We generally calm children with the fear of an injection when their mischief gets unbearable. But, wouldn’t it break our heart if we had to inject them day in and day out?
Well, you just have to ask parents how they cope with this stress and you only find superhero stories. Having a child with type 1 diabetes is heart wrenching, and yet most of them have bravely fought their way to make their children true fighters.
Accepted that it is a demanding condition; however, with proper knowledge and strategy, parents can ensure that their children get all the privileges other children enjoy!
What you need to know
Though type 1 diabetes is genetic and runs in families, it is also known to be triggered due to enterovirus infections, milk, environmental factors, and vitamin D deficiency.
Note: If type 1 diabetes runs in your family, it is better to get a genetic screening for your newborn. This improves the chances of implementing preventive measures.
Symptoms of type 1 diabetes
- Increased thirst
- Frequent urination
- Weight loss
- Extreme hunger pangs
- Irritability and changes in behavior
- Fruity-smelling breath
- Blurred vision
- Yeast infection and diaper rashes in babies caused by yeast
Basic Diagnosis & Treatment
Children will not be able to tell what they feel. So, you have to be on the look out if type 1 diabetes runs in your family!
After noticing symptoms, it’s time to consult a doctor and get some diagnostic tests to confirm type 1 diabetes.
- C-peptide assay test – This test is done to find out how much insulin is produced in the body.
- Fasting blood glucose, postprandial, random blood glucose and HbA1c tests are done to ascertain the range of blood sugar levels.
- Insulin and Islet autoantibody tests like GADA, IAA, ICA, IA-2A and others are conducted to ascertain antibodies targeting pancreas.
- Oral Glucose Tolerance Test.
The treatment goal is to control diabetes, minimize symptoms, and prevent any short and long-term complications. This also includes having a normal mental, emotional, physical, social growth and development.
Insulin as a part of your child’s diabetes treatment plan helps maintain normal blood sugar levels. Taking insulin as prescribed by the doctor helps use glucose present in their blood for energy. Insulin is given both in bolus and basal dosages. Dosages vary from person to person.
As your child grows, his/her diabetes treatment plan also has to change accordingly since diabetes is a lifelong disorder; timely insulin therapy, regular blood sugar monitoring, regular exercise, and healthy eating has to be a part of your child’s routine.
How to ensure your kid’s wellbeing
Healthy Eating –
Your child’s dietician will devise a diabetes diet plan that will help your child reach all growth milestones keeping in mind your lifestyle and food preferences. Plenty of fruits and vegetables, whole grains, and foods that are low in calories and fats, and are high in nutrition should be a part of their everyday diet.
Physical activity –
Encourage your child to exercise and play sports. Regular physical activity helps to lower blood sugar. Keep a tab on your child’s blood sugar levels and insulin to equalize increased physical activity. A word of caution. Never let them go out to play on an empty stomach! This might lead to hypoglycemia.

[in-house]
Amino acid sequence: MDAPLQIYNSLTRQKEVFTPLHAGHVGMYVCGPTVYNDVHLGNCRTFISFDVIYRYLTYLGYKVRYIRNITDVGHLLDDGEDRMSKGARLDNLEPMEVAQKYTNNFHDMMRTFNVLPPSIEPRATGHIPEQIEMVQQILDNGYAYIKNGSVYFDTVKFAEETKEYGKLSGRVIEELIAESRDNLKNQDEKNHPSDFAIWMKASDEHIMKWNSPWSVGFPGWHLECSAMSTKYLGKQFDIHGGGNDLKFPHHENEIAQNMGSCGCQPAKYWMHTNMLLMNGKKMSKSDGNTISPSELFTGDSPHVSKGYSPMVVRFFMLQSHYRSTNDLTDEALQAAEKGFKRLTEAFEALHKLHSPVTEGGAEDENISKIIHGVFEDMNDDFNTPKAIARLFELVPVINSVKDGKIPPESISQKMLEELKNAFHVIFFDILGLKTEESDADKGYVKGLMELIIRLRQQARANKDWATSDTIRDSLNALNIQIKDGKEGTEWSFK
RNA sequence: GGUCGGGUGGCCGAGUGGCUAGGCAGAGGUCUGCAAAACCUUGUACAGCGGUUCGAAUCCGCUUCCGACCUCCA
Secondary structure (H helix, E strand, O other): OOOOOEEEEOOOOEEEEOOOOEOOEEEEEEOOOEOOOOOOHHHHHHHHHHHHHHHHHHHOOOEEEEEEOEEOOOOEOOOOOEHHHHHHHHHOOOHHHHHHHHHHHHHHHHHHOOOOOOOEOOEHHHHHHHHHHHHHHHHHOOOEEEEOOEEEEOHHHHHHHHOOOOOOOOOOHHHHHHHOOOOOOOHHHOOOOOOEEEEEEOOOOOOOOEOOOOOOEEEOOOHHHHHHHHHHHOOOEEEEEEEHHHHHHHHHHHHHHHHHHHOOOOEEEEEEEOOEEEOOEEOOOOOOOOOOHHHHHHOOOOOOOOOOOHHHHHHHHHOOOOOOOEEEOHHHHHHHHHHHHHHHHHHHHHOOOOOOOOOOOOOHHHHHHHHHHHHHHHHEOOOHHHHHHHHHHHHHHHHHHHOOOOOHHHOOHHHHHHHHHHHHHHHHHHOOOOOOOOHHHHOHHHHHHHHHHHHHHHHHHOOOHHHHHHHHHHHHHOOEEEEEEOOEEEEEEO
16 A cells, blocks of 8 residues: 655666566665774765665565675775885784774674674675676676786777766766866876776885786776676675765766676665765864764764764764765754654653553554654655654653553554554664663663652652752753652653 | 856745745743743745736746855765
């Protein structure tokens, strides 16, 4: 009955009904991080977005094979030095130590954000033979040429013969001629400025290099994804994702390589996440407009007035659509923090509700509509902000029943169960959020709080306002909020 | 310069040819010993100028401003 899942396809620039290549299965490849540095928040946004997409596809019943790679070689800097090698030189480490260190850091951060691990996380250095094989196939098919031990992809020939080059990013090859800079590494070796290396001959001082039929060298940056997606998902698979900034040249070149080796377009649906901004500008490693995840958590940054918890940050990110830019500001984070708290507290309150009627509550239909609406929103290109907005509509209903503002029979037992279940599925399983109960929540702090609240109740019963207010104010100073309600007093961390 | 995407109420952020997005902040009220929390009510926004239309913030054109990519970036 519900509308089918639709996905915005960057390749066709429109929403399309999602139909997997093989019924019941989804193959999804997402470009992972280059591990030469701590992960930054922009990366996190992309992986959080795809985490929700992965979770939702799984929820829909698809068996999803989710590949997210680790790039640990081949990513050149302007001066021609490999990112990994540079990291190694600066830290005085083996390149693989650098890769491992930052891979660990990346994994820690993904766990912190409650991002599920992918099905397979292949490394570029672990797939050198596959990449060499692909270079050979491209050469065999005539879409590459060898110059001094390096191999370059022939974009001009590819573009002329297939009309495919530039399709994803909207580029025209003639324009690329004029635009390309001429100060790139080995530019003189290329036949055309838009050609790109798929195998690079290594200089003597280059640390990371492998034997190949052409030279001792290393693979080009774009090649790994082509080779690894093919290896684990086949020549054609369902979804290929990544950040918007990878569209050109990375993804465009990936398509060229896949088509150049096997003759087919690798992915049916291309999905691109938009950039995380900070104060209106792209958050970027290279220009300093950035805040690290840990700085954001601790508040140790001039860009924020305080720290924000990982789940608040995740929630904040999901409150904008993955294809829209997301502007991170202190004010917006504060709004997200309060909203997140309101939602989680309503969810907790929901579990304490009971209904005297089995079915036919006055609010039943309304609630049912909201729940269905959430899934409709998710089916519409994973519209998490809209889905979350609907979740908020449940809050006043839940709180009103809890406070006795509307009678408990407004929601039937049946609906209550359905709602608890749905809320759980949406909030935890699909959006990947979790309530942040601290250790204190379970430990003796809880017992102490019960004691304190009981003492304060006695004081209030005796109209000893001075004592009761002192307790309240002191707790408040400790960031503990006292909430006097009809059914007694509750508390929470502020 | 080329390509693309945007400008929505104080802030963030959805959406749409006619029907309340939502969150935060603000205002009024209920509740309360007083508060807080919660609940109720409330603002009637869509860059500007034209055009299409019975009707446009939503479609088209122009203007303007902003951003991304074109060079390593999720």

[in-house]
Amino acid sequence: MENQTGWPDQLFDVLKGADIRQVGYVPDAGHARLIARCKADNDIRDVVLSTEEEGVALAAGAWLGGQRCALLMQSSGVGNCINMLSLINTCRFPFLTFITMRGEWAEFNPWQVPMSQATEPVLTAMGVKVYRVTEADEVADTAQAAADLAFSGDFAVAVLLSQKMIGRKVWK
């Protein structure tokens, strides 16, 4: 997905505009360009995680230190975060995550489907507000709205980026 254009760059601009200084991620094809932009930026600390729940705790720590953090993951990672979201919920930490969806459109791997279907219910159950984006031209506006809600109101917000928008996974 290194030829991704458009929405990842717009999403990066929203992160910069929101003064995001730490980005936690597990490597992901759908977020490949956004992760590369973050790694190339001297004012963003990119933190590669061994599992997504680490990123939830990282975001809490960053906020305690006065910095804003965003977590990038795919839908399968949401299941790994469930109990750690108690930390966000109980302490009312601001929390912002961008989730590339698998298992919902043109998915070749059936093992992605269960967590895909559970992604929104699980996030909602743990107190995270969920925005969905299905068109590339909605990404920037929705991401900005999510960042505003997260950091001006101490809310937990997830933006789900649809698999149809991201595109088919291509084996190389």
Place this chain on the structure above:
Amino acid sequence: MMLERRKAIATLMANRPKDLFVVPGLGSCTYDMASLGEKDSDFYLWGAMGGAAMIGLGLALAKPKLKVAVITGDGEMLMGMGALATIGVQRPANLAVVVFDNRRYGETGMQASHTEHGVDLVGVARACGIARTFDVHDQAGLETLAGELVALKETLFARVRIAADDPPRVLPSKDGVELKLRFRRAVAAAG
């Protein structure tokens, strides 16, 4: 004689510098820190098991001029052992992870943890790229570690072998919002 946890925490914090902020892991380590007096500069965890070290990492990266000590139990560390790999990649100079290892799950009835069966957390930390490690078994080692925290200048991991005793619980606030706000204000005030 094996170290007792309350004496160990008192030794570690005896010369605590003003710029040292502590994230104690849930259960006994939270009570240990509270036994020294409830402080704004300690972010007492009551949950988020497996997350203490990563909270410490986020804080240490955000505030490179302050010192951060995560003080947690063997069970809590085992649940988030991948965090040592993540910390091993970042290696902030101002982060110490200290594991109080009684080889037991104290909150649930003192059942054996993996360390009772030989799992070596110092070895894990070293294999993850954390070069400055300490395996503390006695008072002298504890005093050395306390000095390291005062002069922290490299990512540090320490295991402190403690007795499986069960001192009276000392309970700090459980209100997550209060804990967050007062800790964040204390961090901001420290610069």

Even while your child eats on time and gets his/her insulin on time, blood sugar levels might shoot up unpredictably. With help from the team of diabetes doctors, understand how your child’s level of blood sugar changes according to:
Diet – An insulin regimen worked closely with your doctor can help your child with type 1 diabetes if they don’t tend to finish their food.
Exercise – Lower your child’s dose of insulin before his/her physical activity or give them a snack before they head out for their sport. Blood sugar levels can get low if your child is physically more active.
Illness – Consult your child’s doctor beforehand for a sick-day management plan.
Growth and Puberty – Hormones have a varying effect on your child’s insulin requirements. Just when you thought you mastered the insulin needs of your child, he/she may grow up and the amount of insulin might not be enough, especially for teenage girls.
Sleep –To avoid low blood sugar problems at night, you may have to adjust your child’s routine of insulin dosage. Your child’s doctor will help you figure out a proper routine.
Helping them with their condition
Diabetes Tag –Make sure you inform school teachers, sports teacher, and your child’s classmates, and friends about your child’s diabetes. Also, make it a habit for your child to wear the diabetes tag all the time when they go to school or step out of house.
Pep Talk –Kids are sensitive and most times cannot express as to how they feel about their condition. Make sure they are heard every now and then. Have a pep talk with once in a while.
Make diabetes management fun for kids
- Play Diabetes-Awareness games with your child to make them feel less conscious about what they are dealing with.
- Help them bring their blood sugar levels in range by setting playful targets for them every day and treat them once in a while for their achievement.
- Add their favorite superhero stickers on their diabetes monitor to make them feel confident about monitoring their own blood glucose levels.
Challenges that make your kid more physically active and games that help them to eat healthy while you reward them a treat every once a while will build a positive attitude in their lives and help them follow their diabetes care regimen seriously, and the results will be better satisfaction with treatment and quality of life.